This year, I have four launches scheduled (one for every quarter). We have three website template launches and one course launch on the calendar. And those four dates determine what content I create and when I promote it.
If you look at the example I’ve provided from my own content calendar, you’ll see my launch date highlighted in a very obnoxious red. And, when I click on the event, it’ll list my planned promotion material and ads.
I also make sure my launch dates avoid any serious holidays (it’s one of the reasons I refrain from posting my digital products in December). And I always make sure I launch during the week and not weekends.
Depending on your paid offer, this might change. For instance, if you sell physical products, you’ll want to invest a great deal of pre-launch energy during the Christmas season. Or if you provide certain themed products, you’ll want to schedule your launches around those holidays.
So choose your launch dates based around your vacation time and the seasons and holidays that will drive the most sales.
And, another thing, try to avoid overwhelming yourself with too many launch dates. Many new business owners think that the more launches they have the more money they’ll bring in. But I’ve noticed that fewer launches with more intention and strategy get better results.
03: Brainstorming & Scheduling Your Hero Content
Your launches will stand as the foundation for your content. Leading up to your launches, each piece of content you publish and promote will ultimately support your paid offer.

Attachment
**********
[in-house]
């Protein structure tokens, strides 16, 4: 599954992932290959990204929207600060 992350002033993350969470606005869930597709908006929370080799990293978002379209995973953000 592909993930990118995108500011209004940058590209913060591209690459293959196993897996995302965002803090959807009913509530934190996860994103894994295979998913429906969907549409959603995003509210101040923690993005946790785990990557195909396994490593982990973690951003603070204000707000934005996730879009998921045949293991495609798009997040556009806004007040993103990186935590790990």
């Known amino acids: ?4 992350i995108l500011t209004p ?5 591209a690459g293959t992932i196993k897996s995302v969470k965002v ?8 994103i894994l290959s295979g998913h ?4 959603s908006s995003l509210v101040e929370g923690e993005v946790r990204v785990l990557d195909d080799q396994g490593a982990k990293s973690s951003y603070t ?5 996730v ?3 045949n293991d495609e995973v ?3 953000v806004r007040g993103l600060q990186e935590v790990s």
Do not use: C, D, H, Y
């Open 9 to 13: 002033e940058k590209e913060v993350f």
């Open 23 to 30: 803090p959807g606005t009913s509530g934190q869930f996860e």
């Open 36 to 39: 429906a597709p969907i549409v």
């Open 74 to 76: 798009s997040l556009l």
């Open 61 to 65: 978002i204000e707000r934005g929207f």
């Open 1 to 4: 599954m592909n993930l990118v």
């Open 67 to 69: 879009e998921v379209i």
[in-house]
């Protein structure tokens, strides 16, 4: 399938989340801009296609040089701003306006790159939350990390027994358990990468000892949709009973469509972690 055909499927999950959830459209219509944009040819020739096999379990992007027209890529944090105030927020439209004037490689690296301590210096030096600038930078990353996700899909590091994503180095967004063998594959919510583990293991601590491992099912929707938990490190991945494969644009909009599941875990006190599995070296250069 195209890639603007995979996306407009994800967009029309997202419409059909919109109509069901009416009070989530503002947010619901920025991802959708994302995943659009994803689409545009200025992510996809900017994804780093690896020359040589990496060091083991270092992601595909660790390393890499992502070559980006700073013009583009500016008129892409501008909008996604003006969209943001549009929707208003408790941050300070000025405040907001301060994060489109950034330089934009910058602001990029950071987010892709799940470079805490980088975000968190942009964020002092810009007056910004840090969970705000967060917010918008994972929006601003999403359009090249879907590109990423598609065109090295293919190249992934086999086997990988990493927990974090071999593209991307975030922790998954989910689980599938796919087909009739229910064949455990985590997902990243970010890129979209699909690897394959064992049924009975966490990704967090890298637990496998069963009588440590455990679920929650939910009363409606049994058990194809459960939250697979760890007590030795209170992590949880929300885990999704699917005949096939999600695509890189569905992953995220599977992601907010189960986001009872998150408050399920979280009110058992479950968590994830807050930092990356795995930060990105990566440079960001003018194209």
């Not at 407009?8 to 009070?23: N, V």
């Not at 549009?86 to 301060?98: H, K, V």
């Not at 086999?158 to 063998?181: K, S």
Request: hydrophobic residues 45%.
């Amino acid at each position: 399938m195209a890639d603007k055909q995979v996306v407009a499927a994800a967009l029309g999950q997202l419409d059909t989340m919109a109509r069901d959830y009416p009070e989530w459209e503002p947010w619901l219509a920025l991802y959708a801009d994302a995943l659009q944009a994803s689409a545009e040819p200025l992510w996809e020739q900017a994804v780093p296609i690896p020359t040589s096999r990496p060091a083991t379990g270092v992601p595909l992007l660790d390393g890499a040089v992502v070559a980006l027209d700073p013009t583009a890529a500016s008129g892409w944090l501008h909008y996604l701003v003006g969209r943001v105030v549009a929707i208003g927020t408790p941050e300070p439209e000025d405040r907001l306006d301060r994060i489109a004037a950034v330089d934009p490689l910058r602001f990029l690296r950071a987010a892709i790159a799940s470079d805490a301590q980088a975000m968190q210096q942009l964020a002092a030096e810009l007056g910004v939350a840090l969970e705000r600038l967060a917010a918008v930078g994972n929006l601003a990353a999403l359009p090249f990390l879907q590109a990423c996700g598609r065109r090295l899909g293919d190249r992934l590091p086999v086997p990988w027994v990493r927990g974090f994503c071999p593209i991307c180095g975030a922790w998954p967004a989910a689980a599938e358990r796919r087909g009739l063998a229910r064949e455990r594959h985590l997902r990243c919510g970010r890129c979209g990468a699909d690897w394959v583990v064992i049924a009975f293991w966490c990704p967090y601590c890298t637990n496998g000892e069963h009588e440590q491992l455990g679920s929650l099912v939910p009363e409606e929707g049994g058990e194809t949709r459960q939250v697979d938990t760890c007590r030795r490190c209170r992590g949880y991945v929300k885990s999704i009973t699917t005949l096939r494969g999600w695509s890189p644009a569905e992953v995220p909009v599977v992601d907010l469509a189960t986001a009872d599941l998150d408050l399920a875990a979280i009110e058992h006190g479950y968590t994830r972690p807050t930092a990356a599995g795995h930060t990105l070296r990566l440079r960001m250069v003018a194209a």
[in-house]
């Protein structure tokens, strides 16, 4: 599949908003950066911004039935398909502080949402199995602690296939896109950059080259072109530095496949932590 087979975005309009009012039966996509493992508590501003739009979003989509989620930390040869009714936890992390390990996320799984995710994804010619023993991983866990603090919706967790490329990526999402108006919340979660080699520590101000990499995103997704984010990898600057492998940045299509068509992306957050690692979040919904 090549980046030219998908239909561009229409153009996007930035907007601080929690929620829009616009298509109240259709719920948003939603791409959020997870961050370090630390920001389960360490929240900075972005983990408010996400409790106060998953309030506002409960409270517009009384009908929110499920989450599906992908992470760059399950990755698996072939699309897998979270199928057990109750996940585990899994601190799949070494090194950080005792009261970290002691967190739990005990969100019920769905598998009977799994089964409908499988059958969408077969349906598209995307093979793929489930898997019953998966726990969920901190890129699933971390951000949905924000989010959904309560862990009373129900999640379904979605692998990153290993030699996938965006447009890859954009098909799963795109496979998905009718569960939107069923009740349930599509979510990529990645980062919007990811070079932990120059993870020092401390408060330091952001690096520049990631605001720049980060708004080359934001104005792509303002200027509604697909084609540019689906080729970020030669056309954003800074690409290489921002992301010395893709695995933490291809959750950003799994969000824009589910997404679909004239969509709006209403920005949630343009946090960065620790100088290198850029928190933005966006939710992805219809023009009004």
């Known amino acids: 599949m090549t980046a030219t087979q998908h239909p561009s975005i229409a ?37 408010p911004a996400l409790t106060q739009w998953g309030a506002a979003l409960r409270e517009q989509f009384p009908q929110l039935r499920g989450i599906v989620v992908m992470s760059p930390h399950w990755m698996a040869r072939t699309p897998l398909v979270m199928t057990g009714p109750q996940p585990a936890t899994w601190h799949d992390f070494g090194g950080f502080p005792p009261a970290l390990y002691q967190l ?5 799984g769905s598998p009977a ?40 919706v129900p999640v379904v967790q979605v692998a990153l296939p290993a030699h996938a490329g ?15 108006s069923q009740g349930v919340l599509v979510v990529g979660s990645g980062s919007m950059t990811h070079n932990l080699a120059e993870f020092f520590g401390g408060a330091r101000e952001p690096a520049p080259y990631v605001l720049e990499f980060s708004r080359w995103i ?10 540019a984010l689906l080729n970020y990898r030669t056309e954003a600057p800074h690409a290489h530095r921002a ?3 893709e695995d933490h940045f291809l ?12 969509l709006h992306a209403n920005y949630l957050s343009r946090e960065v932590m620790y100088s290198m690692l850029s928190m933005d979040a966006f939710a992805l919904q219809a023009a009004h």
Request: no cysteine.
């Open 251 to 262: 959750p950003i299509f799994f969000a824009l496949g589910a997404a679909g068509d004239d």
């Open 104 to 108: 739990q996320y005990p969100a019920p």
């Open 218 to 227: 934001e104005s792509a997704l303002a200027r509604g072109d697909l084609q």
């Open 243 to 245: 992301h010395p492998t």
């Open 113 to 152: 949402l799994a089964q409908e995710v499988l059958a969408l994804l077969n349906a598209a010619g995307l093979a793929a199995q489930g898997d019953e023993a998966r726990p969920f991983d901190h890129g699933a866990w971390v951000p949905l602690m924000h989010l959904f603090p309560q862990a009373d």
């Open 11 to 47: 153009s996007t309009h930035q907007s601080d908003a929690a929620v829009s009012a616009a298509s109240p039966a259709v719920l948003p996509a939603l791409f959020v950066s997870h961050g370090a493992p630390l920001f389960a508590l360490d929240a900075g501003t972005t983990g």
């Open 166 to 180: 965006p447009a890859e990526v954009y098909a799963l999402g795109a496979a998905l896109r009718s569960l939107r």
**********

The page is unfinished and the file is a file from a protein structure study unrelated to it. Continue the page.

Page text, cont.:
From my launch dates, I count back about five or so weeks. And, from there, I schedule my main content (I use Ashlyn Carter’s concept of hero content). For the 5 or 6 weeks leading up to my launch, I create content that supports whichever product I’m releasing.
That way, each piece of content I publish serves a direct purpose to warming up my audience for my approaching launch. And when your content drives more awareness and purchases for your offer, it has more impact for your business and your sales.
Here’s another look at my calendar and red launch date. You’ll notice that my HC (hero content) for the weeks leading up have a direct relevance to that launch material. I call these pieces part of my Pre Launch Content. Not only does this hero content give me a continuous list of topics to write and speak about, but it also provides value to my audience while introducing them to my offer.
You’ll also notice that the weeks succeeding my launch have hero content that supports my offer. I call these pieces part of my Post Launch Content. They’re pieces of content that continue to promote my paid offer in a more natural manner. That way, I can continue to publish relevant and consistent content that’s valuable without overwhelming my audience with three weeks of heavy selling.
In the next example I’ve provided, you’ll notice that near the start of my 5 week launch material, I offer a freebie that is relevant to my launch. Through this free offer, I can grow my email list with audience members that are interested in improving their websites. That way, I can better target people who are experiencing website struggles and are more likely to benefit from my paid offer (aka my target audience).
04: Planning Your Content and Promotions Around Your Hero Content
Once you have your hero content planned and scheduled, you can mark down your promotion strategy. This includes social media, Facebook groups, and any paid ads.